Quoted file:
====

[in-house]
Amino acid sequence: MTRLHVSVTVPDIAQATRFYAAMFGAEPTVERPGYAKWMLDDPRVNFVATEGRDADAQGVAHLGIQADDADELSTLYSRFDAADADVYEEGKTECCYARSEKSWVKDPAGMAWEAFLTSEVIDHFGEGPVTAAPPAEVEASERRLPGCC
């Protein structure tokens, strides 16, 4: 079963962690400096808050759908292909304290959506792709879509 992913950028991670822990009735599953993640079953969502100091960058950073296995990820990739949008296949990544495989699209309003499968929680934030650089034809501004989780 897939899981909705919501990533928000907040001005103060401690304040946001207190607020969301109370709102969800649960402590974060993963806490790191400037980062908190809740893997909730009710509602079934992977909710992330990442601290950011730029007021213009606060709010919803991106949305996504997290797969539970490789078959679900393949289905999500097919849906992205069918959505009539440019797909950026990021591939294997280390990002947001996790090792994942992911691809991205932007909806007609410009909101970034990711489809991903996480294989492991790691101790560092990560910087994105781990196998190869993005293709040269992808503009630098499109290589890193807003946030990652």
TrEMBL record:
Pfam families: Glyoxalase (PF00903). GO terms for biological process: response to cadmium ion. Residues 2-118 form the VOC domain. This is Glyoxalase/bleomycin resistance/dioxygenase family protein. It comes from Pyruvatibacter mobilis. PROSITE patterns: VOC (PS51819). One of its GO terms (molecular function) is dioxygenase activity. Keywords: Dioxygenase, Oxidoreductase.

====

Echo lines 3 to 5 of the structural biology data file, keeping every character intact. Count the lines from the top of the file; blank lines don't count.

């Protein structure tokens, strides 16, 4: 079963962690400096808050759908292909304290959506792709879509 992913950028991670822990009735599953993640079953969502100091960058950073296995990820990739949008296949990544495989699209309003499968929680934030650089034809501004989780 897939899981909705919501990533928000907040001005103060401690304040946001207190607020969301109370709102969800649960402590974060993963806490790191400037980062908190809740893997909730009710509602079934992977909710992330990442601290950011730029007021213009606060709010919803991106949305996504997290797969539970490789078959679900393949289905999500097919849906992205069918959505009539440019797909950026990021591939294997280390990002947001996790090792994942992911691809991205932007909806007609410009909101970034990711489809991903996480294989492991790691101790560092990560910087994105781990196998190869993005293709040269992808503009630098499109290589890193807003946030990652």
TrEMBL record:
Pfam families: Glyoxalase (PF00903). GO terms for biological process: response to cadmium ion. Residues 2-118 form the VOC domain. This is Glyoxalase/bleomycin resistance/dioxygenase family protein. It comes from Pyruvatibacter mobilis. PROSITE patterns: VOC (PS51819). One of its GO terms (molecular function) is dioxygenase activity. Keywords: Dioxygenase, Oxidoreductase.